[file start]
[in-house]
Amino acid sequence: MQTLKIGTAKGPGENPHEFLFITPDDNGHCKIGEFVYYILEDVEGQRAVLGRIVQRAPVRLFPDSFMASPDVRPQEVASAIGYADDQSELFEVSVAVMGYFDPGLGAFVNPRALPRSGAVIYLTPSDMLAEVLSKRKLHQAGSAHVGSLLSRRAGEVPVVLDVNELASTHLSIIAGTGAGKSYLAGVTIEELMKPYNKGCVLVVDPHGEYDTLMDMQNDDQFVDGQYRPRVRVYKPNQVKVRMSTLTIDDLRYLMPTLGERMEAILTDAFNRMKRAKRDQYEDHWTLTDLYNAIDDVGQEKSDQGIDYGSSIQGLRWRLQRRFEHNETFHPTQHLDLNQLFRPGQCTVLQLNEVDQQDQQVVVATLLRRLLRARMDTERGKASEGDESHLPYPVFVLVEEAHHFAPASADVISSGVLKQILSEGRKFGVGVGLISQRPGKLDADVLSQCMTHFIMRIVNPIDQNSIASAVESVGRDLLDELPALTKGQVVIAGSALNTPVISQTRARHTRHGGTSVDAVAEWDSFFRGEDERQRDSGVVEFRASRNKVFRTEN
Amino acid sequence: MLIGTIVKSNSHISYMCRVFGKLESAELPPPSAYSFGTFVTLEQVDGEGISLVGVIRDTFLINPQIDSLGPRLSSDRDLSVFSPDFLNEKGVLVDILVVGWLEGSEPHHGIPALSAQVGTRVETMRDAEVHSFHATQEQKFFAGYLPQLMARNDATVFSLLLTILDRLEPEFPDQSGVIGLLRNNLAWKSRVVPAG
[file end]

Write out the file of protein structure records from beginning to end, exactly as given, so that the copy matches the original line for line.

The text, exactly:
[in-house]
Amino acid sequence: MQTLKIGTAKGPGENPHEFLFITPDDNGHCKIGEFVYYILEDVEGQRAVLGRIVQRAPVRLFPDSFMASPDVRPQEVASAIGYADDQSELFEVSVAVMGYFDPGLGAFVNPRALPRSGAVIYLTPSDMLAEVLSKRKLHQAGSAHVGSLLSRRAGEVPVVLDVNELASTHLSIIAGTGAGKSYLAGVTIEELMKPYNKGCVLVVDPHGEYDTLMDMQNDDQFVDGQYRPRVRVYKPNQVKVRMSTLTIDDLRYLMPTLGERMEAILTDAFNRMKRAKRDQYEDHWTLTDLYNAIDDVGQEKSDQGIDYGSSIQGLRWRLQRRFEHNETFHPTQHLDLNQLFRPGQCTVLQLNEVDQQDQQVVVATLLRRLLRARMDTERGKASEGDESHLPYPVFVLVEEAHHFAPASADVISSGVLKQILSEGRKFGVGVGLISQRPGKLDADVLSQCMTHFIMRIVNPIDQNSIASAVESVGRDLLDELPALTKGQVVIAGSALNTPVISQTRARHTRHGGTSVDAVAEWDSFFRGEDERQRDSGVVEFRASRNKVFRTEN
Amino acid sequence: MLIGTIVKSNSHISYMCRVFGKLESAELPPPSAYSFGTFVTLEQVDGEGISLVGVIRDTFLINPQIDSLGPRLSSDRDLSVFSPDFLNEKGVLVDILVVGWLEGSEPHHGIPALSAQVGTRVETMRDAEVHSFHATQEQKFFAGYLPQLMARNDATVFSLLLTILDRLEPEFPDQSGVIGLLRNNLAWKSRVVPAG